Shelton Running Out of Time to Get Confirmed to Fed Seat
Judy Shelton, U.S. President Donald Trump’s nominee for governor of the Federal Reserve in Washington. (Photographer: Andrew Harrer/Bloomberg)

Shelton Running Out of Time to Get Confirmed to Fed Seat

Judy Shelton is running out of time to win confirmation to the Federal Reserve Board, as Senate Majority Leader Mitch McConnell faces voting obstacles thrown up by the pandemic and the political calendar.

McConnell failed in a procedural vote Tuesday to advance President Donald Trump’s controversial nominee, after two GOP senators were forced into quarantine by Covid-19 exposure. That left the leader short of a majority, thanks to unified Democratic opposition and dissent from two Republicans and the absence of a third who declined to back Shelton.

Now it will depend on whether Florida Republican Senator Rick Scott is able to leave quarantine this week after exposure over the weekend to someone who tested positive for Covid-19, and whether any other senators are forced to stay away from the Capitol by the virus.

Shelton Running Out of Time to Get Confirmed to Fed Seat

“We’re still consulting with his doctor on quarantine,” Chris Hartline, Scott’s communications director, said Tuesday. “But he’s taken a couple tests since Saturday and all negative.”

At stake is Trump’s move to install an ally on the seven-person board before he leaves office, after having appointed three of the current five members and having elevated Jerome Powell to the chair.

Shelton was nominated 17 months ago, but she was stalled moving through the Senate over concerns about some of her past out-of-the-mainstream positions on monetary policy and the role of the Fed. But with the election over, McConnell moved last week to line up votes to get her confirmed on Tuesday.

Florida’s Scott could provide the vote that would bring the Senate tally to 49-49 to move Shelton toward confirmation, with Vice President Mike Pence providing the tie breaker. Senator Lamar Alexander, a Tennessee Republican, announced he opposes Shelton’s nomination but didn’t vote on Tuesday and will be away from Washington this week on family matters, according to a spokesman.

GOP Senator Chuck Grassley also is in quarantine and revealed Tuesday night that he tested positive for Covid-19, likely keeping him away from the Capitol this week. He delivered remarks on the Senate floor Monday without a mask and attended a meeting of Senate GOP leadership in McConnell’s office Monday evening, potentially exposing other senators.

Republican Senators Mitt Romney of Utah and Susan Collins of Maine joined with 45 Democrats and two independents in a 50-47 vote against advancing Shelton’s nomination. Vice President-elect Kamala Harris traveled from Delaware, where she was working with the Biden transition team, to Washington to cast her vote.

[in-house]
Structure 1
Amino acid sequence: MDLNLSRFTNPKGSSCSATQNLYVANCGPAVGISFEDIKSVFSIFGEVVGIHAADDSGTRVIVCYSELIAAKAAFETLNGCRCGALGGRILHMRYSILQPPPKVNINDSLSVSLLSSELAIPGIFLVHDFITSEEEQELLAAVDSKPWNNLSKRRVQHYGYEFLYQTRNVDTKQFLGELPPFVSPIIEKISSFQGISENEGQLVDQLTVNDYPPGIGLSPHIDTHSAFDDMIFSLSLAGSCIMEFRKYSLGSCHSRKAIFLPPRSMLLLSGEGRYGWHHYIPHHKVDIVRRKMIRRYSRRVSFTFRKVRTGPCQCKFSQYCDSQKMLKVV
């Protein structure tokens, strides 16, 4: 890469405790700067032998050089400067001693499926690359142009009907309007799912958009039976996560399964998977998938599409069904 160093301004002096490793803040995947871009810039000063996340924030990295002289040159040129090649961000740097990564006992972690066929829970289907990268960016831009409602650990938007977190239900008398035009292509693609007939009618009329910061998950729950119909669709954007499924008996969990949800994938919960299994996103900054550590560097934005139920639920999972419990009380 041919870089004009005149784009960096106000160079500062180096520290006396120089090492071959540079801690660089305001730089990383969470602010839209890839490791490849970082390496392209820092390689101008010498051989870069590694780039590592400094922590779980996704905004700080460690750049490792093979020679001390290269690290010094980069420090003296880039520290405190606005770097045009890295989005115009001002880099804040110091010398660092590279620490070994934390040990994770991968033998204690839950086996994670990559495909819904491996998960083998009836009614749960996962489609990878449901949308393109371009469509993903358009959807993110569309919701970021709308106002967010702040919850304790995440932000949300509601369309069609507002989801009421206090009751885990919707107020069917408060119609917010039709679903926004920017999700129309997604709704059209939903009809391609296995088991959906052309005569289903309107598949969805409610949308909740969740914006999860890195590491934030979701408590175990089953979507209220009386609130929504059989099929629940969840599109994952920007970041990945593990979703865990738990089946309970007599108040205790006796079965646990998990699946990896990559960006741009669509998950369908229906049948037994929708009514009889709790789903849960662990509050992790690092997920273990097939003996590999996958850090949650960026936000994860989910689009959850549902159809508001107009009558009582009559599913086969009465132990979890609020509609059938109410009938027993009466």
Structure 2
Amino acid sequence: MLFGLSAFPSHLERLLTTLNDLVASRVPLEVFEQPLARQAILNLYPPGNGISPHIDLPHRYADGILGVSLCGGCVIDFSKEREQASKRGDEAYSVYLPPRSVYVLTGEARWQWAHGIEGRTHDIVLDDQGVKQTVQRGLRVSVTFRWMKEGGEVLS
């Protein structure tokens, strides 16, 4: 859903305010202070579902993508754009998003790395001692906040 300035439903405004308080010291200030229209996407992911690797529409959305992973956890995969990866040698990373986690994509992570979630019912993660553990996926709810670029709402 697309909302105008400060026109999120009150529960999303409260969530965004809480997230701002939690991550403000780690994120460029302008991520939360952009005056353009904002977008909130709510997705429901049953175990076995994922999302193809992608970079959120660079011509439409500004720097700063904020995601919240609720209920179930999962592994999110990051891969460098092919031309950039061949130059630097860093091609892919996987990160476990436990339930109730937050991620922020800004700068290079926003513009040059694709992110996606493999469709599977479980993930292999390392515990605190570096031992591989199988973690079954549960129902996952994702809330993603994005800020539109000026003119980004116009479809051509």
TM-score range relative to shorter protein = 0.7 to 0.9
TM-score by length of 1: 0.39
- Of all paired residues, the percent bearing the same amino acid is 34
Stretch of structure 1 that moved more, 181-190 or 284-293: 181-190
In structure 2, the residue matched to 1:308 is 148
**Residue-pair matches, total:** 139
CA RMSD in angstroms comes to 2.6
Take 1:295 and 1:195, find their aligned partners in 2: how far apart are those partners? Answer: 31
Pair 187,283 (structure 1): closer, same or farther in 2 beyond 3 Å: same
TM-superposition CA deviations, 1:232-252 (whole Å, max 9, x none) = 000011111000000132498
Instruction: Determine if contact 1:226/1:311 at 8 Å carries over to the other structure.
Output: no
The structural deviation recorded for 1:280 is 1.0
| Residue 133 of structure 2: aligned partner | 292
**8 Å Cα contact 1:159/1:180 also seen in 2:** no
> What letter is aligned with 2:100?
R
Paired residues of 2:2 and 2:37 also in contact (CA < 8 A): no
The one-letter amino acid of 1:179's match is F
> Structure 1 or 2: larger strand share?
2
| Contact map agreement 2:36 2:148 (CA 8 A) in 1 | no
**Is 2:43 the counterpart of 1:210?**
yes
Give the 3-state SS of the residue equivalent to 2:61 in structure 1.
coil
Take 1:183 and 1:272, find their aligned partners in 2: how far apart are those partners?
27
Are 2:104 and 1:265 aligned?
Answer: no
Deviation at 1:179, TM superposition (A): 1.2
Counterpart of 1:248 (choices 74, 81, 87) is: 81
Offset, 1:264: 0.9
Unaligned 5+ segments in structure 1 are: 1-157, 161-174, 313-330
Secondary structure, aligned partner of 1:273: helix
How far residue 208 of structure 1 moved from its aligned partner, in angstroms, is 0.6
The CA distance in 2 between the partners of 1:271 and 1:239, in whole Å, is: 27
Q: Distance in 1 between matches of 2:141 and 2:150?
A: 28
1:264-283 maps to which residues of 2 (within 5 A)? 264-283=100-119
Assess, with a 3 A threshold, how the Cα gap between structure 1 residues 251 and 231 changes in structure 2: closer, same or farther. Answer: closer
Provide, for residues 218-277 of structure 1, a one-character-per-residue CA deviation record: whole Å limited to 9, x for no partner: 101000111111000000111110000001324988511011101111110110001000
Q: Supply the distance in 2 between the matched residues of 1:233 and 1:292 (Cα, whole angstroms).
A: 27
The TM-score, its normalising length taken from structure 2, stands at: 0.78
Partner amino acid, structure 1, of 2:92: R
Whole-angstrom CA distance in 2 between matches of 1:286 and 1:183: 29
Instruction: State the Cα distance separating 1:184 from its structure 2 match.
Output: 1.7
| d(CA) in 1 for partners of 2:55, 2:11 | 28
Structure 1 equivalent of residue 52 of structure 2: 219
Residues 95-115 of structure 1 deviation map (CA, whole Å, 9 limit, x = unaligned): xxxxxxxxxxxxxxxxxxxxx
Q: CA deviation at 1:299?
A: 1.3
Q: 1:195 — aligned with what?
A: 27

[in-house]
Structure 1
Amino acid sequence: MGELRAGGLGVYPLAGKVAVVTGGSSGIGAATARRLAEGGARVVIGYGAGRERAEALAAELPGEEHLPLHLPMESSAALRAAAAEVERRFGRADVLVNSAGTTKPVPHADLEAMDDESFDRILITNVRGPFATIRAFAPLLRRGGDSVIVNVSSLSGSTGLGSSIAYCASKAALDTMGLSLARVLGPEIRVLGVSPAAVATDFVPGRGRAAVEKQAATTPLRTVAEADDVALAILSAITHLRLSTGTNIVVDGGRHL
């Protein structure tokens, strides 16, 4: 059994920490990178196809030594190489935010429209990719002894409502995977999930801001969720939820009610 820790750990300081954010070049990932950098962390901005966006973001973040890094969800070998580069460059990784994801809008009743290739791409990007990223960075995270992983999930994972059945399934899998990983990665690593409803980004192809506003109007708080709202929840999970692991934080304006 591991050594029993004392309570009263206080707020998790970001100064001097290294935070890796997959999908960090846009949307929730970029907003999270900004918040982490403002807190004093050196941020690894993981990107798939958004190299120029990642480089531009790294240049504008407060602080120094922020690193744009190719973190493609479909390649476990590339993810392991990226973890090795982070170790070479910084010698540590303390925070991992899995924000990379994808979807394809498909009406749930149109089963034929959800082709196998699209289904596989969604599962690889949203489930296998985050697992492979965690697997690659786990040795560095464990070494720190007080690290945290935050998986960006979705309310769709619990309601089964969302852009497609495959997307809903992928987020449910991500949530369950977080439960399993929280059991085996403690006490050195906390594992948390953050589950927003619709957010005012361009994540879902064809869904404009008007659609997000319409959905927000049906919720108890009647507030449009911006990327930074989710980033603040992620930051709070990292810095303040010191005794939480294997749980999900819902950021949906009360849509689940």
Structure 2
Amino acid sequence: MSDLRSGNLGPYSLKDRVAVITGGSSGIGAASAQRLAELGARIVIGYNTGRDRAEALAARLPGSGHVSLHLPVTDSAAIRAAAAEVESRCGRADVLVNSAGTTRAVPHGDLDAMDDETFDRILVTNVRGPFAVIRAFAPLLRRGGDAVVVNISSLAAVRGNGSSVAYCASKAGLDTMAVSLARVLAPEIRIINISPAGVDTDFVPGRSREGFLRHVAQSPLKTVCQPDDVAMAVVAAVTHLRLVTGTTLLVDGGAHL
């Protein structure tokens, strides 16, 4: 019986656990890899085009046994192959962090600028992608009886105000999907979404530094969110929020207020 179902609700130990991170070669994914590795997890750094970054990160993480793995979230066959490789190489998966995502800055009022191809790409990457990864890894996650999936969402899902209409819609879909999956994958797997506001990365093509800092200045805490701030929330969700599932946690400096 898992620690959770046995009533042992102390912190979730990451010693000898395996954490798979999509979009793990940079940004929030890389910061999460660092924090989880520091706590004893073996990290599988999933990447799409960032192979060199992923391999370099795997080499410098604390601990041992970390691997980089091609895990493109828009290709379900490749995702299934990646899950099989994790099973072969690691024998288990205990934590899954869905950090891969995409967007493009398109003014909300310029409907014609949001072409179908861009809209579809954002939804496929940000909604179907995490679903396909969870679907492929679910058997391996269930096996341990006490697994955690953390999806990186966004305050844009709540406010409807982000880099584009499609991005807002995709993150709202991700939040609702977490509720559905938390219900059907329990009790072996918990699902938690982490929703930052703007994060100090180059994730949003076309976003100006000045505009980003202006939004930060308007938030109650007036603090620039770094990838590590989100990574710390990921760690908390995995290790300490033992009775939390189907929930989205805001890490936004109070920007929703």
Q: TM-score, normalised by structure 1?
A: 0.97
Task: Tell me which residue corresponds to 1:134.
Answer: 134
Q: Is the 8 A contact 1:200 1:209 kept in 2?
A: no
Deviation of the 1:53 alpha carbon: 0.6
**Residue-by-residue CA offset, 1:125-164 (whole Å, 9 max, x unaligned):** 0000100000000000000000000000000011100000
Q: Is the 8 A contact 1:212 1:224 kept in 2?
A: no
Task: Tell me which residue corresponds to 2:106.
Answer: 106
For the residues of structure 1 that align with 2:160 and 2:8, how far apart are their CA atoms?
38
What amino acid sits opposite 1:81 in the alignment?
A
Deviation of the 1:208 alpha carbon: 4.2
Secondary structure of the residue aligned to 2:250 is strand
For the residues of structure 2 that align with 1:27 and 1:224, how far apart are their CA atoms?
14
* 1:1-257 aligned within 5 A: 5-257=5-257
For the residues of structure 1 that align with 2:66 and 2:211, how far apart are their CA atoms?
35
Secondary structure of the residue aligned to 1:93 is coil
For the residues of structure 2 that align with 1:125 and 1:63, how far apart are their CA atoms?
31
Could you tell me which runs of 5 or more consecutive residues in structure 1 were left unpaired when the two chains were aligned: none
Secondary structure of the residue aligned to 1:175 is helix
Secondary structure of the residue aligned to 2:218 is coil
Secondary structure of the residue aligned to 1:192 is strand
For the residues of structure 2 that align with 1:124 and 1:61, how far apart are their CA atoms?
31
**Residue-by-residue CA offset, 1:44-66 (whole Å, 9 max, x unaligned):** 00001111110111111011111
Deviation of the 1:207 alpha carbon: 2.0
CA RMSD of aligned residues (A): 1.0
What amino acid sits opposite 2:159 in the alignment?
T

McConnell ended up switching his vote to no, a tactical move that would let him bring the nomination up for reconsideration.

But the calendar is tight and the vote count doesn’t get easier for Republicans. The Senate is expected to leave Thursday for the Thanksgiving break. They aren’t scheduled to return until Nov. 30.

That also is the date that Arizona is scheduled to certify results of the election. Republicans would have to muster another vote before Arizona Democrat Mark Kelly is sworn in to replace Republican Martha McSally, who he defeated in a special election. That could be done quickly. Once Kelly takes office, the GOP would be a vote short.

John Thune, the second-ranking Republican senator, said Kelly’s swearing-in will be “a complicating factor here.” After the vote, Thune said “in all likelihood” Senate Republicans will try to vote on Shelton’s nomination again this week.


Senate Banking Chairman Mike Crapo said GOP leadership is waiting to determine whether Scott and Grassley can attend votes.

“It all depends on the quarantines,” he said, adding that he doubted to chamber would stay in session over the scheduled holiday break.

White House spokesman Judd Deere said the administration continues to support Shelton and remains confident she “will be confirmed upon reconsideration.”

Another GOP senator, Pat Roberts of Kansas, said he was undecided on Shelton just hours before the vote got under way. As the roll was being called, he was vigorously lobbied by GOP colleagues on the Senate floor. Roberts ultimately voted with his party to close off debate to move toward the confirmation vote.

While a single board member is unlikely to sway monetary policy decisions, Shelton’s confirmation would slow any effort by Joe Biden to tap candidates “more consistent with his policy views” on financial and banking regulation, said Bill Dudley, a former president of the Federal Reserve Bank of New York.

Shelton, 66, a former informal adviser to Trump, was long known for her advocacy of a return to the gold standard, ultra-hawkish views on inflation and opposition to federal deposit insurance. She provoked further controversy and opposition by abandoning those views and calling for interest-rate cuts to align herself with Trump as she emerged as a candidate for a Fed post.

She has also questioned the relevance of the Fed’s mandate, set by Congress, to pursue maximum employment and price stability.

Former Fed officials and a group of prominent economists, including seven Nobel Prize winners, signed letters this year urging senators to reject her nomination.

©2020 Bloomberg L.P.

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